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Last October, my wife and I took a trip over the pond to visit London. The main reason for booking the trip was to watch the Green Bay Packers play the New York Giants at Tottenham Hotspur Stadium.
Unfortunately, the Packers didn’t win the game, but we still had a great experience sitting with the locals. The stadium was officially opened in 2019 and was designed as the home field for the Premier League Tottenham Hotspur Football Club and for NFL games.
The field and some of the seating is changed when there is the NFL comes to town. In fact, to keep the soccer pitch in perfect condition, there are actually two surfaces: a hybrid grass pitch for soccer and a synthetic turf surface underneath for the NFL.
I was not able to see any of the behind-the-scenes plumbing and heating systems, but I thought this “Transformer” design was something worth sharing. The engineering and craftmanship is definitely something we all can respect. Here’s a video link to the field transformation: bit.ly/3GDfGF8.
Besides the game, my wife and I had never been to the UK before, so we were going to spend 10 days total to take in the usual tourist stuff around London as well.
And, of course, for me that also means sharing some interesting plumbing and heating thoughts I had along the way.
For the first three days I booked us a small place they call a “garden cabin.” The main house was on a large lot, for London, with a nice backyard garden. There they had enough room to build a 25-feet x 25-feet efficiency cabin. In other words, the bedroom, the dining room, living room and kitchen were all in one space. The bathroom was separate, but was still very small. We could tell the floors were radiantly heated. Also, a small mini-split, if cooling was needed.
On one of our days, we toured Westminster Abbey to see all the famous people buried within its walls. If you are not familiar with this, Westminster is an active church, but also a burial ground for people of honor within the walls and under the floor of the Abbey. As you walk around, it is hard not to step on graves. The floor is basically tiled with tombstones engraved with the person’s information.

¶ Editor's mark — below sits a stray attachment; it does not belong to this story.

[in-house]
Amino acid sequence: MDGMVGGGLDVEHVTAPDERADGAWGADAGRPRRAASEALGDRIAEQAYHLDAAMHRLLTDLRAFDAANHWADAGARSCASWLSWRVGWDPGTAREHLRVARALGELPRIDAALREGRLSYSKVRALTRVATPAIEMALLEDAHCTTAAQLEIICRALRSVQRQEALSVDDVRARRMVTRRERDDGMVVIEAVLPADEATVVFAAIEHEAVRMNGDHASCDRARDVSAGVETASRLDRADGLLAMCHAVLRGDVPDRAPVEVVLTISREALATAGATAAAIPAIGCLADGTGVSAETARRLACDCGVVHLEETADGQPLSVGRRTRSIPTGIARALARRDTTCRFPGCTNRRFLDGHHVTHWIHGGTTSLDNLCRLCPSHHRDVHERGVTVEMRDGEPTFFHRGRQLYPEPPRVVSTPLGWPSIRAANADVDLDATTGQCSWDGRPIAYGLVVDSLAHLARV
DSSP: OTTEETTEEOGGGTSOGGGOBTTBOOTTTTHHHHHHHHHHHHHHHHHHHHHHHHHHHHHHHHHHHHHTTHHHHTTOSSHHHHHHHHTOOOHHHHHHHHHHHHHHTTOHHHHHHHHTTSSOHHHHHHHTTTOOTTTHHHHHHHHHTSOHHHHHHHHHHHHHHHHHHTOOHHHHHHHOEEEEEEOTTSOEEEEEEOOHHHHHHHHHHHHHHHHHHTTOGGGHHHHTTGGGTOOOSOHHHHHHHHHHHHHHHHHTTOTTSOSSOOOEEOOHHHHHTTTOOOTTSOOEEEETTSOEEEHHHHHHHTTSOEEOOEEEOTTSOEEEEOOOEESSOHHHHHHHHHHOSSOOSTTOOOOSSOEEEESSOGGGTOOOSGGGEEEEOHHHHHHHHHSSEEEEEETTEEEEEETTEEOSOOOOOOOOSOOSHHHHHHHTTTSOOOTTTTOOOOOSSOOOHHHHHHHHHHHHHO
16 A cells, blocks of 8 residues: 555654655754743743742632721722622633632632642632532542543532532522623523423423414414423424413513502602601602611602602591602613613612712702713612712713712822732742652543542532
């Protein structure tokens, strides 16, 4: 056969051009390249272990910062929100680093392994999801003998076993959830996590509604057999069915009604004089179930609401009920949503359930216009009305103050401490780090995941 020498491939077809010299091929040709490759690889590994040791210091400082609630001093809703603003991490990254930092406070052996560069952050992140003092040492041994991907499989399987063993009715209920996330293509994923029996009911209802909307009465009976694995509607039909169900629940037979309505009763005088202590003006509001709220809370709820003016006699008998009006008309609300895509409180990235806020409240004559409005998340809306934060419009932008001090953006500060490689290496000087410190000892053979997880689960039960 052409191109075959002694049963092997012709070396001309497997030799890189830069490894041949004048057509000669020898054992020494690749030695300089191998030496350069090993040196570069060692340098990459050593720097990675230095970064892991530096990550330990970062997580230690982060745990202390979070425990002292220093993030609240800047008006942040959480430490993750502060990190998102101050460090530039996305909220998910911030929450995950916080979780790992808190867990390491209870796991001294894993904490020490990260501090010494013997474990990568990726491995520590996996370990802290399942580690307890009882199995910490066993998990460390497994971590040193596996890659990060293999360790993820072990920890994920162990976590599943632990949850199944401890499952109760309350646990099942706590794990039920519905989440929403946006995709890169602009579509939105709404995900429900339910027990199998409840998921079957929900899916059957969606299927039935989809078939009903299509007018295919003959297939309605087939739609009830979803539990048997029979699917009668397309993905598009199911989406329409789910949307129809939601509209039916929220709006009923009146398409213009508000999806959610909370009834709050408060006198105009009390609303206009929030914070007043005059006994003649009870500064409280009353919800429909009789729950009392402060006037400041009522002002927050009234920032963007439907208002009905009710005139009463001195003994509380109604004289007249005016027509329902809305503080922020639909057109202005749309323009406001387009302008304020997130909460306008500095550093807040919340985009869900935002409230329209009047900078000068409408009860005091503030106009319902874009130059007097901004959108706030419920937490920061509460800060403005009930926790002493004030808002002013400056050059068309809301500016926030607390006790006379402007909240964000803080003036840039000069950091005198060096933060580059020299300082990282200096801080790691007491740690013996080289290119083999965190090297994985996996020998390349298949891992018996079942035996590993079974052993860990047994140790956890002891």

We saw the oldest, King Edward the Confessor buried in 1066! Early on when they first started holding burials there, the Abbey was reserved just for royalty. As the years went on, however, it became a burial place for people of great accomplishment. One example of more recent persons is Stephen Hawking, buried here in 2018.
As we walked out of the main church area, there were still grave markings throughout the hallways as well.
We did not look at all the markers closely, but one caught our eye.
It was old, from 1707, almost 70 years before our Declaration of Independence. It was more of a modest tombstone in a hallway between buildings. His name was Philip Clark, died Sept. 21, 1707 and only 43 years old.
He was not in the walls of the church, but still, Clark must have been a great man to be buried here. On the stone it said “Plumber to this Collegiate Church.”
How about that! A plumber to honor and remember.
And while 43 might sound young to us, some quick research online suggested Clark didn’t fare so badly. One website I found stated that life expectancy in medieval England from 1650-1700 was only 41 years.
I really should do more research into Philip Clark because my mother’s maiden name is Clark and has descendants from England. Now as a plumber myself it would be very interesting to see if we are related.
Near Clark’s final resting place was the Chapter House, started by King Henry III and built between 1246-1255.